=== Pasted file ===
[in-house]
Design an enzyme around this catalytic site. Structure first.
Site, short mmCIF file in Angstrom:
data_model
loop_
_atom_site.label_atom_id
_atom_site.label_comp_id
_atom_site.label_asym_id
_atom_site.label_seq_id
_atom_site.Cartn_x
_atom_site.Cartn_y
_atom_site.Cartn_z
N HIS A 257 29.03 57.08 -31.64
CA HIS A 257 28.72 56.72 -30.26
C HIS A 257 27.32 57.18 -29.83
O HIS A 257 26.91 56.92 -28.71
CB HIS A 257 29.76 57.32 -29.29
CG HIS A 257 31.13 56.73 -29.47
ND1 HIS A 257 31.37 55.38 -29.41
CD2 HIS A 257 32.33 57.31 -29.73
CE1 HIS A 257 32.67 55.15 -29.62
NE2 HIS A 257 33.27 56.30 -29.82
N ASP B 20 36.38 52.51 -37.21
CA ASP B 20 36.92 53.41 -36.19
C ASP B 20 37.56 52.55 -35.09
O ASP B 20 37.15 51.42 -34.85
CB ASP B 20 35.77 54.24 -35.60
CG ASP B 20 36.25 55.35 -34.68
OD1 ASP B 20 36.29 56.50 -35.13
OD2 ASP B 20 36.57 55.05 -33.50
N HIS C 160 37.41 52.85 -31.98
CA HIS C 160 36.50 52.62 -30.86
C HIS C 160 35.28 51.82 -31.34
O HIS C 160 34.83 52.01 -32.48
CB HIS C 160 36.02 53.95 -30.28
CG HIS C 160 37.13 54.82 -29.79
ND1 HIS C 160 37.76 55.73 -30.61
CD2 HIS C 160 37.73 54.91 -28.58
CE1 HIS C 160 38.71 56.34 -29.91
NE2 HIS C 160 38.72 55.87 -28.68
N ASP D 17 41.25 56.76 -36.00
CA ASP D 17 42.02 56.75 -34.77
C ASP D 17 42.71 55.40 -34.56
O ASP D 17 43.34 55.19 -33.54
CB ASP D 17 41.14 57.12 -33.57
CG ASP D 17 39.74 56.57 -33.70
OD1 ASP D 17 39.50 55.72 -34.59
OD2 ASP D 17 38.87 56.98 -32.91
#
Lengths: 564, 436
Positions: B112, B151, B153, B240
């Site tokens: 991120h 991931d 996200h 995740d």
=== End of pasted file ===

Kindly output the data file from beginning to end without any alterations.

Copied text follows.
[in-house]
Design an enzyme around this catalytic site. Structure first.
Site, short mmCIF file in Angstrom:
data_model
loop_
_atom_site.label_atom_id
_atom_site.label_comp_id
_atom_site.label_asym_id
_atom_site.label_seq_id
_atom_site.Cartn_x
_atom_site.Cartn_y
_atom_site.Cartn_z
N HIS A 257 29.03 57.08 -31.64
CA HIS A 257 28.72 56.72 -30.26
C HIS A 257 27.32 57.18 -29.83
O HIS A 257 26.91 56.92 -28.71
CB HIS A 257 29.76 57.32 -29.29
CG HIS A 257 31.13 56.73 -29.47
ND1 HIS A 257 31.37 55.38 -29.41
CD2 HIS A 257 32.33 57.31 -29.73
CE1 HIS A 257 32.67 55.15 -29.62
NE2 HIS A 257 33.27 56.30 -29.82
N ASP B 20 36.38 52.51 -37.21
CA ASP B 20 36.92 53.41 -36.19
C ASP B 20 37.56 52.55 -35.09
O ASP B 20 37.15 51.42 -34.85
CB ASP B 20 35.77 54.24 -35.60
CG ASP B 20 36.25 55.35 -34.68
OD1 ASP B 20 36.29 56.50 -35.13
OD2 ASP B 20 36.57 55.05 -33.50
N HIS C 160 37.41 52.85 -31.98
CA HIS C 160 36.50 52.62 -30.86
C HIS C 160 35.28 51.82 -31.34
O HIS C 160 34.83 52.01 -32.48
CB HIS C 160 36.02 53.95 -30.28
CG HIS C 160 37.13 54.82 -29.79
ND1 HIS C 160 37.76 55.73 -30.61
CD2 HIS C 160 37.73 54.91 -28.58
CE1 HIS C 160 38.71 56.34 -29.91
NE2 HIS C 160 38.72 55.87 -28.68
N ASP D 17 41.25 56.76 -36.00
CA ASP D 17 42.02 56.75 -34.77
C ASP D 17 42.71 55.40 -34.56
O ASP D 17 43.34 55.19 -33.54
CB ASP D 17 41.14 57.12 -33.57
CG ASP D 17 39.74 56.57 -33.70
OD1 ASP D 17 39.50 55.72 -34.59
OD2 ASP D 17 38.87 56.98 -32.91
#
Lengths: 564, 436
Positions: B112, B151, B153, B240
């Site tokens: 991120h 991931d 996200h 995740d």